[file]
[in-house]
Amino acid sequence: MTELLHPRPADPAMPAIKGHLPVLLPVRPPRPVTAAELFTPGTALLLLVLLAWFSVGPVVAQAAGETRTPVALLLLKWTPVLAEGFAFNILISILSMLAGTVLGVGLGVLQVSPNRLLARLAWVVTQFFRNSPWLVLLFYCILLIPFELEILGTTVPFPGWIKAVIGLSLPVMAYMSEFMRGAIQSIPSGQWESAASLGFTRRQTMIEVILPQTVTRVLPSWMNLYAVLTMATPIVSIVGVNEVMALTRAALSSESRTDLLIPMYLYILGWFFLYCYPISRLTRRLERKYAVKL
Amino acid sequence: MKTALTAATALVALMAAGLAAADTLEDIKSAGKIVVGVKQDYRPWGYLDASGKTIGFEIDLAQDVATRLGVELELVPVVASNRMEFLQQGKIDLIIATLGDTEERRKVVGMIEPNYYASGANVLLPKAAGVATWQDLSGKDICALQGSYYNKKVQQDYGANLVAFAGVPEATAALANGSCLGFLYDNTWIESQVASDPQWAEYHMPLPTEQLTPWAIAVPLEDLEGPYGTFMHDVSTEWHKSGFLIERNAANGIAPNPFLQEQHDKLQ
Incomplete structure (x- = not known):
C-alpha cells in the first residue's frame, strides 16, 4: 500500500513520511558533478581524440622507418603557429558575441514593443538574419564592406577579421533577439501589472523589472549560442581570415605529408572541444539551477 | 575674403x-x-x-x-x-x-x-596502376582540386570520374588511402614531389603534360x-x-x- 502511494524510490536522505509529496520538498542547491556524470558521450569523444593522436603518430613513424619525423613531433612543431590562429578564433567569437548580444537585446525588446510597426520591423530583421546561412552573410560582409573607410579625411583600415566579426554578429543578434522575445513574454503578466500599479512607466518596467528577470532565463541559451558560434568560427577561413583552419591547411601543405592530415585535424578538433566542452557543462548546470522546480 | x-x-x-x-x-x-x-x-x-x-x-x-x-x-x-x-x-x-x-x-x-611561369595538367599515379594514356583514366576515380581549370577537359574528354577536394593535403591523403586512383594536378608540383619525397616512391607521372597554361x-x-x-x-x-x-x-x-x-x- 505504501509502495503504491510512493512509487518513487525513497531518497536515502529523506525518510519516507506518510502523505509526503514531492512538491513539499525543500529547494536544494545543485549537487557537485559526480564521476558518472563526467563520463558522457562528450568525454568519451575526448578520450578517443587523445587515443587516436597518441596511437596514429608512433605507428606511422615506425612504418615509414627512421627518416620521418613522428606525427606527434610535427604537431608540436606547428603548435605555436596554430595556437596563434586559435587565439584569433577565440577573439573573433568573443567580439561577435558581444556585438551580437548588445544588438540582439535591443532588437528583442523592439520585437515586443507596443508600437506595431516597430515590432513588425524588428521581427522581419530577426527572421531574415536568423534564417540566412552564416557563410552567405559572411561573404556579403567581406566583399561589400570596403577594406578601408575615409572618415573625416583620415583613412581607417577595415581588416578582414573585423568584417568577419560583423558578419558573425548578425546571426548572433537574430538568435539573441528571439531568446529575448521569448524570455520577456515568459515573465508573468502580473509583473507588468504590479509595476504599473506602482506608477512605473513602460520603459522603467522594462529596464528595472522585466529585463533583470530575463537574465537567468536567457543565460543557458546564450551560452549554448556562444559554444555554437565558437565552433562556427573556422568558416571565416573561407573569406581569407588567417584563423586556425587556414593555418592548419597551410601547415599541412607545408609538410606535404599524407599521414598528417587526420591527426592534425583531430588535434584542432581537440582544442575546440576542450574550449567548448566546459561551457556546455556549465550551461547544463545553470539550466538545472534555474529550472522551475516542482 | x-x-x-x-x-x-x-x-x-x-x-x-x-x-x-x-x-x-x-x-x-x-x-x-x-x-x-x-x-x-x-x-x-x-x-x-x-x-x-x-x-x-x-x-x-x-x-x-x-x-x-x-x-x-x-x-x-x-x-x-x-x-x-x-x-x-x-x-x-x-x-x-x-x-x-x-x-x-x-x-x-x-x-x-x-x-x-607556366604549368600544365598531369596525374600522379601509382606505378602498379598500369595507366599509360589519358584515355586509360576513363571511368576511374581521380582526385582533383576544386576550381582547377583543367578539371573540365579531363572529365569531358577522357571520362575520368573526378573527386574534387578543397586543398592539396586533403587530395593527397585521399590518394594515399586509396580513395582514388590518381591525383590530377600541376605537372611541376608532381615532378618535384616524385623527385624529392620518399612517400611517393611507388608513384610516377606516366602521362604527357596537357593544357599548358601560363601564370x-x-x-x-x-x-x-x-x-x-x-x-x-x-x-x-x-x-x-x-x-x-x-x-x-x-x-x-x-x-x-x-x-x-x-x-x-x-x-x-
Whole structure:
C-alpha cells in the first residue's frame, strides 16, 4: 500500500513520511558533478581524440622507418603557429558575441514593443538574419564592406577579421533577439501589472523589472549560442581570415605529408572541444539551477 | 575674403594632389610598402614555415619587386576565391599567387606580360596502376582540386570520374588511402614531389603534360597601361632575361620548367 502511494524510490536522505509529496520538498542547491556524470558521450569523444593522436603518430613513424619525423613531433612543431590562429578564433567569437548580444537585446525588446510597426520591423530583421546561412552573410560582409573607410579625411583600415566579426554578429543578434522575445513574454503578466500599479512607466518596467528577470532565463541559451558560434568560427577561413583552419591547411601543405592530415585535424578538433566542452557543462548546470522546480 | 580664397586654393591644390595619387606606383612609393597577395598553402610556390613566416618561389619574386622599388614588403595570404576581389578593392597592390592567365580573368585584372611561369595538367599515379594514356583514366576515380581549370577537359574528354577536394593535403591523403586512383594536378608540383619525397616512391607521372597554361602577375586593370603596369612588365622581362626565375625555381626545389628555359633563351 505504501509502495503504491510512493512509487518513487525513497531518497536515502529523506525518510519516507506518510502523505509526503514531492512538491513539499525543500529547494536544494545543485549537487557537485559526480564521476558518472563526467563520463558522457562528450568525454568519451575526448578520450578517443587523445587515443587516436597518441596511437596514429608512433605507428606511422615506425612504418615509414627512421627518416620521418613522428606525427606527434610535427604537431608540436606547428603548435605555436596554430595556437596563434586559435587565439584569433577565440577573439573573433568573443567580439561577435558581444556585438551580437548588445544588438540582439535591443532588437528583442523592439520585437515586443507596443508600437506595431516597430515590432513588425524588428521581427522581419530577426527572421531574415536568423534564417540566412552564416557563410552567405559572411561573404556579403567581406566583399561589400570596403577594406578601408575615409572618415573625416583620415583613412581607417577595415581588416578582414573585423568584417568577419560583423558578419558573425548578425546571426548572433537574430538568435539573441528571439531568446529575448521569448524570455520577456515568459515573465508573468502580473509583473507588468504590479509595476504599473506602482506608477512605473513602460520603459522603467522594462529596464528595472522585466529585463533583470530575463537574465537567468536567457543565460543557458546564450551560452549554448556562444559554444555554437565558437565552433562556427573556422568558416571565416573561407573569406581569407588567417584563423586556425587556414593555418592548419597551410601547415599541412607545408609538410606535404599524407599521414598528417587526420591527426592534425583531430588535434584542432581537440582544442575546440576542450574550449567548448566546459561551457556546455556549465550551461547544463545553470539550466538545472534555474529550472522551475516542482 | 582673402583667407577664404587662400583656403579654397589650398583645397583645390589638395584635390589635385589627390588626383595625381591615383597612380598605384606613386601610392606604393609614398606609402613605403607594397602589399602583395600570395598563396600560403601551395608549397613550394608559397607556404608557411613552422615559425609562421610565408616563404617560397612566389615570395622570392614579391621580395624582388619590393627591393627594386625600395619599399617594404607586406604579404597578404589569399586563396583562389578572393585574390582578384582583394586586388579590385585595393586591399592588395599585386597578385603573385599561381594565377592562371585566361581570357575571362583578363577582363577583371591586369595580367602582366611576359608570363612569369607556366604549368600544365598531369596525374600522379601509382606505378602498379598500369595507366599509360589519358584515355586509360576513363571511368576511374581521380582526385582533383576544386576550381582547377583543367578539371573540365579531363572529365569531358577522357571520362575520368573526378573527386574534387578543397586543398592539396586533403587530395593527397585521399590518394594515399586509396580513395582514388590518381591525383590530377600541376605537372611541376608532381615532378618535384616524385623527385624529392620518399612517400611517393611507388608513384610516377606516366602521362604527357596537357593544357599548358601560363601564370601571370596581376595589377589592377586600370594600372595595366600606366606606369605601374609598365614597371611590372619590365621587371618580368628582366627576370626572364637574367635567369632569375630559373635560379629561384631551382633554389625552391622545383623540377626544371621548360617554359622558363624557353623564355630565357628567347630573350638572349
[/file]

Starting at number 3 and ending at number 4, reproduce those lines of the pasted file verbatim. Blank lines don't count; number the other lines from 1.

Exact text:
Amino acid sequence: MKTALTAATALVALMAAGLAAADTLEDIKSAGKIVVGVKQDYRPWGYLDASGKTIGFEIDLAQDVATRLGVELELVPVVASNRMEFLQQGKIDLIIATLGDTEERRKVVGMIEPNYYASGANVLLPKAAGVATWQDLSGKDICALQGSYYNKKVQQDYGANLVAFAGVPEATAALANGSCLGFLYDNTWIESQVASDPQWAEYHMPLPTEQLTPWAIAVPLEDLEGPYGTFMHDVSTEWHKSGFLIERNAANGIAPNPFLQEQHDKLQ
Incomplete structure (x- = not known):